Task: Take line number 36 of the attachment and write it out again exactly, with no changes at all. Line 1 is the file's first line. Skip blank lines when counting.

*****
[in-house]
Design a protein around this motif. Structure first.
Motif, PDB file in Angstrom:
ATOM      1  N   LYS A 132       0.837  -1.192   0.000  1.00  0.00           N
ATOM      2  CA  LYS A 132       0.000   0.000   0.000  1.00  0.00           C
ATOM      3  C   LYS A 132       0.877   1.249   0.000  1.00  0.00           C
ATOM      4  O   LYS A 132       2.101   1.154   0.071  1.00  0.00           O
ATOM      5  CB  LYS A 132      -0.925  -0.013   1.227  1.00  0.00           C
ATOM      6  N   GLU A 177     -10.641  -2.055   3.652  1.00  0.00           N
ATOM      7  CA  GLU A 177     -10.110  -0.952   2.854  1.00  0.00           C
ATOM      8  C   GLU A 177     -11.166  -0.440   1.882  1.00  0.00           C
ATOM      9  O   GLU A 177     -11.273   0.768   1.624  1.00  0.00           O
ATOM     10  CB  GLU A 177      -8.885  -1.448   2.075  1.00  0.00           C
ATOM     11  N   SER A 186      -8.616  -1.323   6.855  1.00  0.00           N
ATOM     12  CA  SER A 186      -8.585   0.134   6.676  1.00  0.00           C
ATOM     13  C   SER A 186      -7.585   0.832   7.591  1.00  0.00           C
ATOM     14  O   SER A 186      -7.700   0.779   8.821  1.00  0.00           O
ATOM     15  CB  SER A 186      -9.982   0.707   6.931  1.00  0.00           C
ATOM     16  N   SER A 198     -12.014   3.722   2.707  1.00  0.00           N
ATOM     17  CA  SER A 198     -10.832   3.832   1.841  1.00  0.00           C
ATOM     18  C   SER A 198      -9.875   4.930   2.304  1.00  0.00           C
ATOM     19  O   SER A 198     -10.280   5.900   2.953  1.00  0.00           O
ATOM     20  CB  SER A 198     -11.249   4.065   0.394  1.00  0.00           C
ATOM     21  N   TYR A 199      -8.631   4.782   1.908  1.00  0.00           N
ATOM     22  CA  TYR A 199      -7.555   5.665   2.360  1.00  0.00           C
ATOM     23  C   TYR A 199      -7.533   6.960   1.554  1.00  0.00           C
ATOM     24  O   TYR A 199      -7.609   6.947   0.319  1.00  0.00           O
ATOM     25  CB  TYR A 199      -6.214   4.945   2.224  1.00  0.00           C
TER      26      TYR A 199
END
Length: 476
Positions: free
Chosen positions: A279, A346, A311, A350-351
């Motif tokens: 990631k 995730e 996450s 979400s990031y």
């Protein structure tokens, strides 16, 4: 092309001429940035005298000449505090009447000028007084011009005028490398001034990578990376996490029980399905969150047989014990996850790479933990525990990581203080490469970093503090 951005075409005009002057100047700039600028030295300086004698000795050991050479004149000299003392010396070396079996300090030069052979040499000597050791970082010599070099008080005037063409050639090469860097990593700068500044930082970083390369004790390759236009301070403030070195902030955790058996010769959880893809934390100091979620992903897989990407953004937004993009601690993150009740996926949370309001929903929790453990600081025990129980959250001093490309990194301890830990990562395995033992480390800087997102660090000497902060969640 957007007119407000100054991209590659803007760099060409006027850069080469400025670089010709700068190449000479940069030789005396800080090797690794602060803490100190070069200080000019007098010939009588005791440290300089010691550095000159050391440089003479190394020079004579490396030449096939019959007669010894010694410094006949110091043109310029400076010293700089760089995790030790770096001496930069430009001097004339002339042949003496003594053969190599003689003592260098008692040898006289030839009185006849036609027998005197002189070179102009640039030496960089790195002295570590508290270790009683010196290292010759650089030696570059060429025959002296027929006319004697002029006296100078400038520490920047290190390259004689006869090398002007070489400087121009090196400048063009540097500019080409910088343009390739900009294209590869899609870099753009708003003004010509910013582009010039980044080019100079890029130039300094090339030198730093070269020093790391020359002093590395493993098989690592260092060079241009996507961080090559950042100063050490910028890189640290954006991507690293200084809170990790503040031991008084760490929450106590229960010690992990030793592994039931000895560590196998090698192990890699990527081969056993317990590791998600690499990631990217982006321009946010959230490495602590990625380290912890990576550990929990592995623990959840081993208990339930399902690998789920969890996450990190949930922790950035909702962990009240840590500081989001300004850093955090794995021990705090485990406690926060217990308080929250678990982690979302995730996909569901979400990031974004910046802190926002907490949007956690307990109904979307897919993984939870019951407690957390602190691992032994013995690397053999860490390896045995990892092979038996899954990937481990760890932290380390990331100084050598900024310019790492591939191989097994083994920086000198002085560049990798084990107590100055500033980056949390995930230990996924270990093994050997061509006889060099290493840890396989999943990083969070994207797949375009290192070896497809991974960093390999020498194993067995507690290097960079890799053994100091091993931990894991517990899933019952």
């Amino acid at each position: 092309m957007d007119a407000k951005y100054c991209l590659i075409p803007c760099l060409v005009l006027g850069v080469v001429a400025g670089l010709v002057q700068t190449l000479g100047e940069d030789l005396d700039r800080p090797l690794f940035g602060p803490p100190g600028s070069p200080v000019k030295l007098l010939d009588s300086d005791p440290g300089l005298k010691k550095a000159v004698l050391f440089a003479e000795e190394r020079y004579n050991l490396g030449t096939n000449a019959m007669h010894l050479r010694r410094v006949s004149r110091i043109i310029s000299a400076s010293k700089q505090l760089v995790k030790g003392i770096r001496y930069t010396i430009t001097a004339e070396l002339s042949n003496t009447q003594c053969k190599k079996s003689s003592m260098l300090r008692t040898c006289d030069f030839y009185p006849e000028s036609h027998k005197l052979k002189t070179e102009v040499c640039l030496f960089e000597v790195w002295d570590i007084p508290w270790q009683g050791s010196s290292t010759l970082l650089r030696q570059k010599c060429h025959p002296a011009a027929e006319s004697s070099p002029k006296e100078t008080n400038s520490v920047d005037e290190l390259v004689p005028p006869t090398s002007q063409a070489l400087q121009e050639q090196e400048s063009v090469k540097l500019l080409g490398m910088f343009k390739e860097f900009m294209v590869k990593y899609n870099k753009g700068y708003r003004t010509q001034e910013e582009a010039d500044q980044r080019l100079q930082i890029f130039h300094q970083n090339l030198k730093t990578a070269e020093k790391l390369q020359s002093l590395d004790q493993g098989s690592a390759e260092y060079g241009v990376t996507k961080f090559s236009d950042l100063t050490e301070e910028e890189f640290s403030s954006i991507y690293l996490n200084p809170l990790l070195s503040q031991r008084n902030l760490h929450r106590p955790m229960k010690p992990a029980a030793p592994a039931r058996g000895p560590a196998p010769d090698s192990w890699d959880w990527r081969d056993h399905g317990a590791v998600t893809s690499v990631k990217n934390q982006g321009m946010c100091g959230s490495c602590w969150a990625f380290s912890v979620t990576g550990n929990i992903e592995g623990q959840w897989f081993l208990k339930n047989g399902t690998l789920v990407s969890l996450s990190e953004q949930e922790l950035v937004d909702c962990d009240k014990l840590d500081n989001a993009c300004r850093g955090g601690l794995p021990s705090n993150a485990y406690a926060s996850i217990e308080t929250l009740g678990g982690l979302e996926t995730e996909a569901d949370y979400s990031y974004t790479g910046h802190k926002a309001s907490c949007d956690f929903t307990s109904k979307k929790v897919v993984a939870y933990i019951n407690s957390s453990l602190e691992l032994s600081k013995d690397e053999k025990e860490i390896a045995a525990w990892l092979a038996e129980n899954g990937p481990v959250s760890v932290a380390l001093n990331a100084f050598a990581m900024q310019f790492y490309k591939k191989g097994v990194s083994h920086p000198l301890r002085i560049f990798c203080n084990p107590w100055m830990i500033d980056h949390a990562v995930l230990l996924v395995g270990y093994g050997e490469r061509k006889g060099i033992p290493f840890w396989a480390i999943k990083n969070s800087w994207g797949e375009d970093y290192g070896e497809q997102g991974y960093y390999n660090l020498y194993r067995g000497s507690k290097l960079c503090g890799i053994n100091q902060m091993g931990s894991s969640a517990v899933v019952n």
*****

């Amino acid at each position: 092309m957007d007119a407000k951005y100054c991209l590659i075409p803007c760099l060409v005009l006027g850069v080469v001429a400025g670089l010709v002057q700068t190449l000479g100047e940069d030789l005396d700039r800080p090797l690794f940035g602060p803490p100190g600028s070069p200080v000019k030295l007098l010939d009588s300086d005791p440290g300089l005298k010691k550095a000159v004698l050391f440089a003479e000795e190394r020079y004579n050991l490396g030449t096939n000449a019959m007669h010894l050479r010694r410094v006949s004149r110091i043109i310029s000299a400076s010293k700089q505090l760089v995790k030790g003392i770096r001496y930069t010396i430009t001097a004339e070396l002339s042949n003496t009447q003594c053969k190599k079996s003689s003592m260098l300090r008692t040898c006289d030069f030839y009185p006849e000028s036609h027998k005197l052979k002189t070179e102009v040499c640039l030496f960089e000597v790195w002295d570590i007084p508290w270790q009683g050791s010196s290292t010759l970082l650089r030696q570059k010599c060429h025959p002296a011009a027929e006319s004697s070099p002029k006296e100078t008080n400038s520490v920047d005037e290190l390259v004689p005028p006869t090398s002007q063409a070489l400087q121009e050639q090196e400048s063009v090469k540097l500019l080409g490398m910088f343009k390739e860097f900009m294209v590869k990593y899609n870099k753009g700068y708003r003004t010509q001034e910013e582009a010039d500044q980044r080019l100079q930082i890029f130039h300094q970083n090339l030198k730093t990578a070269e020093k790391l390369q020359s002093l590395d004790q493993g098989s690592a390759e260092y060079g241009v990376t996507k961080f090559s236009d950042l100063t050490e301070e910028e890189f640290s403030s954006i991507y690293l996490n200084p809170l990790l070195s503040q031991r008084n902030l760490h929450r106590p955790m229960k010690p992990a029980a030793p592994a039931r058996g000895p560590a196998p010769d090698s192990w890699d959880w990527r081969d056993h399905g317990a590791v998600t893809s690499v990631k990217n934390q982006g321009m946010c100091g959230s490495c602590w969150a990625f380290s912890v979620t990576g550990n929990i992903e592995g623990q959840w897989f081993l208990k339930n047989g399902t690998l789920v990407s969890l996450s990190e953004q949930e922790l950035v937004d909702c962990d009240k014990l840590d500081n989001a993009c300004r850093g955090g601690l794995p021990s705090n993150a485990y406690a926060s996850i217990e308080t929250l009740g678990g982690l979302e996926t995730e996909a569901d949370y979400s990031y974004t790479g910046h802190k926002a309001s907490c949007d956690f929903t307990s109904k979307k929790v897919v993984a939870y933990i019951n407690s957390s453990l602190e691992l032994s600081k013995d690397e053999k025990e860490i390896a045995a525990w990892l092979a038996e129980n899954g990937p481990v959250s760890v932290a380390l001093n990331a100084f050598a990581m900024q310019f790492y490309k591939k191989g097994v990194s083994h920086p000198l301890r002085i560049f990798c203080n084990p107590w100055m830990i500033d980056h949390a990562v995930l230990l996924v395995g270990y093994g050997e490469r061509k006889g060099i033992p290493f840890w396989a480390i999943k990083n969070s800087w994207g797949e375009d970093y290192g070896e497809q997102g991974y960093y390999n660090l020498y194993r067995g000497s507690k290097l960079c503090g890799i053994n100091q902060m091993g931990s894991s969640a517990v899933v019952n």